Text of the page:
Another victim of an Air Force sergeant already convicted of several sexual crimes will receive no compensation because of the statute of limitations, a judge has ruled.
A former enlisted woman, known as M, sued the New Zealand Defence Force (NZDF) earlier this year for damages over its alleged failure to act against the man now known as "groper Roper".
Robert Richard Roper's offending occurred between 1976 and 1988 when he served with the Royal New Zealand Air Force (RNZAF) at its Whenuapai base in Hobsonville.
Now in his 70s, he was sentenced in 2015 to 13 years' imprisonment after being found guilty of 20 sex charges against five women.
But Roper's crimes only came to light at the end of 2012 - 23 years after he left the military - when his daughter told police her father abused her from the age of 6.
M was one of nine new complainants or witnesses who came forward after Roper was first charged.
She abandoned her police complaint in favour of a High Court civil proceeding, seeking compensation from the Attorney-General, on behalf of the NZDF, after she claimed her superior officers failed to act when informed of Roper's crimes.
Roper bullied, verbally abused, sexually harassed, inappropriately touched and falsely imprisoned her between 1985 and 1988, she said.
She sought $600,000 in compensation, special damages for loss of earnings, medical and other expenses, and interest and legal costs.
M was just 18 at the time of Roper's offending and in her own words was "very shy, quiet and naive".
She said Roper would grope her as she was driving him home late at night, and regularly lock her and leave her in a tyre cage.
Roper would also rub himself against her, try and undo her bra straps, and use an iron bar to prod her in the backside, she said.
There were other sexually intimidating conduct by Roper too, she said, such as bursting into the female changing rooms and the female night-shift bedrooms, and ogling at M during section parades.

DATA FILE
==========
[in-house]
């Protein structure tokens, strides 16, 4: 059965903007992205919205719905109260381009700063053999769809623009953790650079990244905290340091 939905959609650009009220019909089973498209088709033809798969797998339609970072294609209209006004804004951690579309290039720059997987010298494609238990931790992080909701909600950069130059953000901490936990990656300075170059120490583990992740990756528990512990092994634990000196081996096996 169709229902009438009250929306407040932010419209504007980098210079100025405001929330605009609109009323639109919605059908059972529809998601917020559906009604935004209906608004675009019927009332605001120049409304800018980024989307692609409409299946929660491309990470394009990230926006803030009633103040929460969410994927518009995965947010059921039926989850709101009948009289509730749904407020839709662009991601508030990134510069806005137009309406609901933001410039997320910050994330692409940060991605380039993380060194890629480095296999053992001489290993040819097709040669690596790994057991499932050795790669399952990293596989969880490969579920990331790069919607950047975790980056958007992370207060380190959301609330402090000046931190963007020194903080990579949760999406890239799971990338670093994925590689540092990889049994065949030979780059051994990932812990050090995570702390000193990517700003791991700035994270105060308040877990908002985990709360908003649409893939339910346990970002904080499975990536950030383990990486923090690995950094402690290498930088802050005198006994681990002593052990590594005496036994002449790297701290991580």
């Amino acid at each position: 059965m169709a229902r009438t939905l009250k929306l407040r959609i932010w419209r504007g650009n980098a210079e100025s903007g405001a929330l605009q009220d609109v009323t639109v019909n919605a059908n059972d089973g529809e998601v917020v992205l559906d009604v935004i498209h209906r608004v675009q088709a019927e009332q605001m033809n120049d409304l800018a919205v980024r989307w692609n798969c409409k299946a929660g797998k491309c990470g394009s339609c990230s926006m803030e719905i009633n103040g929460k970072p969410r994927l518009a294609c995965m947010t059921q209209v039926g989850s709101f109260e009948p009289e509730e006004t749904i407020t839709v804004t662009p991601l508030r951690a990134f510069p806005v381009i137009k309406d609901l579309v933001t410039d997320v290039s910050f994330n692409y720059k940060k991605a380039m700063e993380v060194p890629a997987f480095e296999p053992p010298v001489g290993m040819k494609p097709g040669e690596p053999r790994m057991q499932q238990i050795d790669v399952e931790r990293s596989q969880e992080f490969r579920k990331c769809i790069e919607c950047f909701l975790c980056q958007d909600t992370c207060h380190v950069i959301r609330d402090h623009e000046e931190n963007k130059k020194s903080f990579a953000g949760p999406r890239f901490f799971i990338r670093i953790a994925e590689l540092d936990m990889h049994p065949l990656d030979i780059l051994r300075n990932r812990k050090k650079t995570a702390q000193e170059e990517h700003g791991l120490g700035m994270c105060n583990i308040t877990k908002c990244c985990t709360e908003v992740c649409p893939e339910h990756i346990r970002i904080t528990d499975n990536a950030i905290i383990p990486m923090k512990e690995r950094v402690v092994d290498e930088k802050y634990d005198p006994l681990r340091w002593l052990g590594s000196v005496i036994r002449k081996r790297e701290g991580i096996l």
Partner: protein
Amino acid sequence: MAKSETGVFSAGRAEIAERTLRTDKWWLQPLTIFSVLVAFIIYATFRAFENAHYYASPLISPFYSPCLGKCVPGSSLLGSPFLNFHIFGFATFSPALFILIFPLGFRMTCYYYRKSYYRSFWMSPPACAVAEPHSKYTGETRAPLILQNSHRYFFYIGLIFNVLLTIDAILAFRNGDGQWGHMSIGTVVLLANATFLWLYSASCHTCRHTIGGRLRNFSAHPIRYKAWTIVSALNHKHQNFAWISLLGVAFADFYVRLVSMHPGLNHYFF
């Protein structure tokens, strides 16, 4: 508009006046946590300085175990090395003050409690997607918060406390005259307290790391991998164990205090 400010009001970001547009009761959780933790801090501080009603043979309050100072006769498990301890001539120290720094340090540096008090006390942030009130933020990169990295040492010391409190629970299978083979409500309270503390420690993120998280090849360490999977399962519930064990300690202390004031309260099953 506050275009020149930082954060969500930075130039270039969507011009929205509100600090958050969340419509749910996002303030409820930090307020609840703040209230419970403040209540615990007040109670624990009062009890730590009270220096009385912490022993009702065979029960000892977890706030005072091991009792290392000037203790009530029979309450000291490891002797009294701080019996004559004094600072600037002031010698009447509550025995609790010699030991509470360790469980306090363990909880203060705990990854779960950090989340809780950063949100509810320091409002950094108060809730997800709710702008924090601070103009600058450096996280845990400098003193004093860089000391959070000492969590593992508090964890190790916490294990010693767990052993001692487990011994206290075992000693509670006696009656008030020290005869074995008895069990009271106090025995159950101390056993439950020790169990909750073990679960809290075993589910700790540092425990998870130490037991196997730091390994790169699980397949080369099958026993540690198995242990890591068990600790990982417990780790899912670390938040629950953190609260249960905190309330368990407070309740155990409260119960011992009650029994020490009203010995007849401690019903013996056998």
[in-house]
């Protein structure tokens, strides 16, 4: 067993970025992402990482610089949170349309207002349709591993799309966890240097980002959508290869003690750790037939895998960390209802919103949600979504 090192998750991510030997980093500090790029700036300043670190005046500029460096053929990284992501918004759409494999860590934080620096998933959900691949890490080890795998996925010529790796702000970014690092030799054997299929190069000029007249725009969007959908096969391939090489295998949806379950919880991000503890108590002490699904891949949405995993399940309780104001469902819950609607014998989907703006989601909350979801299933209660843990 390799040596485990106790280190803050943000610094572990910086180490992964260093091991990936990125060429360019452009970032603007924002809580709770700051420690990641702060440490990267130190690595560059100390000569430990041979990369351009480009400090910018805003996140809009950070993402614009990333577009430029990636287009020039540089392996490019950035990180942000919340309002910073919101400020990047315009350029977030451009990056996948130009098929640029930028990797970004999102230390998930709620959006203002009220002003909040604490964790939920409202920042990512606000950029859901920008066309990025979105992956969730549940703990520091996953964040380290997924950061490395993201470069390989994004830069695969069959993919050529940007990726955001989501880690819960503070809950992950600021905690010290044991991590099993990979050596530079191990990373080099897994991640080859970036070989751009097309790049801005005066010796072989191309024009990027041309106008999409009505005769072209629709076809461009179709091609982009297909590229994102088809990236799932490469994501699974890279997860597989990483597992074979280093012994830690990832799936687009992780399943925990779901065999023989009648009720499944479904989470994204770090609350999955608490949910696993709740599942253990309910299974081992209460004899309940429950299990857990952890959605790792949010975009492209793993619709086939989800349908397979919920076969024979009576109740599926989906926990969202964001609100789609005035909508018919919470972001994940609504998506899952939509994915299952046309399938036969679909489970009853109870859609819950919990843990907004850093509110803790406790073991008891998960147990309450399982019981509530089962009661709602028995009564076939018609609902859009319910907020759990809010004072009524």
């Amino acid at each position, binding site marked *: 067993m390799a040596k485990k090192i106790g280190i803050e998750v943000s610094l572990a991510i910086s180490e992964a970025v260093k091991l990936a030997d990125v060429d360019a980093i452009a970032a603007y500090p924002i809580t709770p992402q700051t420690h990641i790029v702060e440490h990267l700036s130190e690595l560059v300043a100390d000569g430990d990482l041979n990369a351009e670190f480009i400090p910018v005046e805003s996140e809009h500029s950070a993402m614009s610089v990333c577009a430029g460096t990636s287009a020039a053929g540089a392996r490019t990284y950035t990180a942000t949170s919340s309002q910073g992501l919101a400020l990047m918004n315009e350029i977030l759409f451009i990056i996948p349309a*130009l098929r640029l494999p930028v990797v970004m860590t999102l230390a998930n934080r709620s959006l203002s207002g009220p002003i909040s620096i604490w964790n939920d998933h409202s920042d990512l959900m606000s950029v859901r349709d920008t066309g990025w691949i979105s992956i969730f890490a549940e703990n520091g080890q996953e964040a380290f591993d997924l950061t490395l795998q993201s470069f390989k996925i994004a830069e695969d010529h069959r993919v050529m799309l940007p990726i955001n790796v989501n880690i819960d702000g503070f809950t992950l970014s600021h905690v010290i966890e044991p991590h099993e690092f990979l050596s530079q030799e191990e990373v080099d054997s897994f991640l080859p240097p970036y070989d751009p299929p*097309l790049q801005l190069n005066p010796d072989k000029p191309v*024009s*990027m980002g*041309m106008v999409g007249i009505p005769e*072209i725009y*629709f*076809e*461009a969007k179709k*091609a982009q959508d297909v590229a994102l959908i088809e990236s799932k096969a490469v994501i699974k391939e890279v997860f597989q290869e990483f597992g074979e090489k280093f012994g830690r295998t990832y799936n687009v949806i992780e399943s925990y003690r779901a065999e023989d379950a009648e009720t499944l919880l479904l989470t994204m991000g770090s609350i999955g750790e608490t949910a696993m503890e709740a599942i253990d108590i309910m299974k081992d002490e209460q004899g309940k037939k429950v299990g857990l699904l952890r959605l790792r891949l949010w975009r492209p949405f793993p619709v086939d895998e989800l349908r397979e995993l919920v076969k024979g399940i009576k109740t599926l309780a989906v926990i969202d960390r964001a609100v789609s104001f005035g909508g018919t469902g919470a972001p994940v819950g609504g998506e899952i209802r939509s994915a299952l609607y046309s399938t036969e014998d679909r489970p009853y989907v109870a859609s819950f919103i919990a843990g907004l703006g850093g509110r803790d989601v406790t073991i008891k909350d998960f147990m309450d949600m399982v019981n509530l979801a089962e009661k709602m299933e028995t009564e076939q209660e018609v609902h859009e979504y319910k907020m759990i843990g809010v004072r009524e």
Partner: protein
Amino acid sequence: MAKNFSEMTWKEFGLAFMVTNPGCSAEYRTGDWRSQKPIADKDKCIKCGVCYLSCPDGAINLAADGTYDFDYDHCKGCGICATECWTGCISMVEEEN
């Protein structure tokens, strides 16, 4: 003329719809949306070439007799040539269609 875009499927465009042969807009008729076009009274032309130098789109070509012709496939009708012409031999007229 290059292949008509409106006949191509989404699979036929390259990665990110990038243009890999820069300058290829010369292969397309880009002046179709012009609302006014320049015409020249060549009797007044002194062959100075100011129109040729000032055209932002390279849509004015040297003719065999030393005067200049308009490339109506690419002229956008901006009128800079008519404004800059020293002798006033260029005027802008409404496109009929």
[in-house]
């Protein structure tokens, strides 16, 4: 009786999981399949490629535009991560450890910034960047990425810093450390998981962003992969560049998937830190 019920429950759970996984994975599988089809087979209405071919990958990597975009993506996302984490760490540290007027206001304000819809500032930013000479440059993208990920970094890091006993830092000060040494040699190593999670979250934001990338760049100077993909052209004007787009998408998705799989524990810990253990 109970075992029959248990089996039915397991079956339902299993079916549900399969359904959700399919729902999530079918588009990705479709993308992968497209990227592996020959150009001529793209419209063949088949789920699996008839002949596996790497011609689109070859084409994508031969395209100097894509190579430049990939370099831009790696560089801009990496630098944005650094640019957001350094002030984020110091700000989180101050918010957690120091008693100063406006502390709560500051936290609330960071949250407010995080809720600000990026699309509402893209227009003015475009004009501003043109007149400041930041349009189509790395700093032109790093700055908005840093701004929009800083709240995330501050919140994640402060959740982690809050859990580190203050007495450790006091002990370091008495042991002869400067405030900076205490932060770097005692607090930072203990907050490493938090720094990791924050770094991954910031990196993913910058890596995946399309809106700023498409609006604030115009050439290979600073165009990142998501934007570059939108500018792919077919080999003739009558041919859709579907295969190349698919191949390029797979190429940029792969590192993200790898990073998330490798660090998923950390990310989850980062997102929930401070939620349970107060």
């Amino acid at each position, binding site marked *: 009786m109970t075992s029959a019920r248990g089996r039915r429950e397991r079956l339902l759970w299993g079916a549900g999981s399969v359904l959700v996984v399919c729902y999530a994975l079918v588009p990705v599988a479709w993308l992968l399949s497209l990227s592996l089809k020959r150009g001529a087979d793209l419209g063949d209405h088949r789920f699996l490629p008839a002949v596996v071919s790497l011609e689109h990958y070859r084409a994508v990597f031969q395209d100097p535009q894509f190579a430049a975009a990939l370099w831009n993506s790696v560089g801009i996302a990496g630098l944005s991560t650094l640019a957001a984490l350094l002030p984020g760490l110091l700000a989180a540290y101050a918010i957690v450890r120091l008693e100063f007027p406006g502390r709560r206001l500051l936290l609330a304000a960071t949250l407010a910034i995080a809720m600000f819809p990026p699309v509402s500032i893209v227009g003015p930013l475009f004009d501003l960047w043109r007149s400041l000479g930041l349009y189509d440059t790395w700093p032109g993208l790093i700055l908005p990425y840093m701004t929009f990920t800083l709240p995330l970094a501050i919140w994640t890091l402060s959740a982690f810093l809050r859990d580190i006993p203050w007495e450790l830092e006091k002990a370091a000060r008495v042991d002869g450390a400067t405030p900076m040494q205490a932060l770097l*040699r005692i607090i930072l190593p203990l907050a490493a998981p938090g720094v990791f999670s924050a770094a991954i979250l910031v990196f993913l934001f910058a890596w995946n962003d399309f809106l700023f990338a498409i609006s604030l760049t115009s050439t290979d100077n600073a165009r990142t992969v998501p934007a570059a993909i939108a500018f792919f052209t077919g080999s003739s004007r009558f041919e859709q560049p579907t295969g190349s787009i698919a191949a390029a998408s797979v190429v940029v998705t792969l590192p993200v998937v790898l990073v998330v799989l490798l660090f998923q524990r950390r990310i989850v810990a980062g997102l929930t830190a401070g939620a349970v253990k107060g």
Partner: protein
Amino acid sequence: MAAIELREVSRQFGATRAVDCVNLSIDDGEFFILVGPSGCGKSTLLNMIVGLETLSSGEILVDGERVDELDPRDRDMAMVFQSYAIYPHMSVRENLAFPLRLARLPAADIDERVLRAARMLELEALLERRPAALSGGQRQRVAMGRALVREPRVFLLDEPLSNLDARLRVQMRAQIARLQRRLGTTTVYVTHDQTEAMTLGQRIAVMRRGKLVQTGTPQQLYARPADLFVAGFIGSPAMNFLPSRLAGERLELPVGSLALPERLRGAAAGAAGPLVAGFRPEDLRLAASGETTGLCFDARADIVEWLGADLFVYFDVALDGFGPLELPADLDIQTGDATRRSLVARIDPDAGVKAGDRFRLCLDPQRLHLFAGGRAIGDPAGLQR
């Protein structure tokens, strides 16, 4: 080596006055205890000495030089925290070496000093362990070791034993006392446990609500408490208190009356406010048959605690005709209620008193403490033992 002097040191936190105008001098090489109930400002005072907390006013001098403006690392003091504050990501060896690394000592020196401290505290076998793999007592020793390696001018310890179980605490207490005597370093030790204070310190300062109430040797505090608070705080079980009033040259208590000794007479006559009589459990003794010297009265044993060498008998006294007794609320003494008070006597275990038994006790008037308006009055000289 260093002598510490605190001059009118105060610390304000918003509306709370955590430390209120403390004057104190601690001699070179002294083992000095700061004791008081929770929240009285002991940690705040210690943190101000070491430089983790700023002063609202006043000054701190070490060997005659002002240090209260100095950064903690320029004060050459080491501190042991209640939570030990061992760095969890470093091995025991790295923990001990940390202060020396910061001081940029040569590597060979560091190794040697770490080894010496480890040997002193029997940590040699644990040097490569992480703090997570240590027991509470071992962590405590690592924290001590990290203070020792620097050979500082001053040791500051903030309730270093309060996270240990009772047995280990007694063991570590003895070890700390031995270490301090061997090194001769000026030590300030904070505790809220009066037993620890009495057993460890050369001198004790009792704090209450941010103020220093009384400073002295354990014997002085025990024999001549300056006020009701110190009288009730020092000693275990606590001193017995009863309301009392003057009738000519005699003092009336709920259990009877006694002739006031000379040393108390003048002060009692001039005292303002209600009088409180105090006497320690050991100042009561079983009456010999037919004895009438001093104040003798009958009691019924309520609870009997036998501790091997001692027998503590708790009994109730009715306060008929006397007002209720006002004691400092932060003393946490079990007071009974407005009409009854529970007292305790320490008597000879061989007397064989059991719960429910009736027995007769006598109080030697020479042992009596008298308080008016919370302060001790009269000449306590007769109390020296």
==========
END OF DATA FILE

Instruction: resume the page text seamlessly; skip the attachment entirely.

At Roper's criminal trial, one victim told the court the sergeant offered her a ride home before driving her to the bombing range where he bound her hands with the seatbelt and raped her.
Similar evidence was heard at M's hearing in the High Court at Auckland in March, where several women said they were wary of Roper offering to drive them home.
When giving evidence, M said: "A lot of us girls just gave up telling our story."
M, who left the RNZAF in the late 1980s but returned in the 1990s in a civilian role, said she complained about Roper to Flight Sergeant Robert McKinney and Flight Lieutenant Bryce Meredith.
However, both officers denied receiving a specific complaint from M.
Today, Justice Rebecca Edwards dismissed her claim for damages.
The judge said although she accepted many of M's allegations and there was a connection between Roper's abuse and her post-traumatic stress disorder - diagnosed in 2016 after the civil proceedings were filed - her claim was barred by both the Limitation Act and by the Accident Compensation Act.
Justice Edwards ruled the statutory bar on bringing claims out of time meant the court was not required to consider whether the RNZAF could have been held liable for any loss M claimed.
At M's hearing, her counsel Graeme Little said the insistence of the NZDF to deal with problems in-house had contributed to Roper's offending.
It was only the civilian police which took steps to hold Roper accountable, he said.
Several NZDF failures were highlighted in an independent report about how the Air Force handled the sexual predator, including the destruction of complaint and investigation files.
The report, prepared by Frances Joychild QC, into historic sexual abuse allegations involving Roper made 97 recommendations to amend existing policy and to review the military justice system.
Roper continues to deny his offending but lost his appeal against his convictions and sentence in 2016.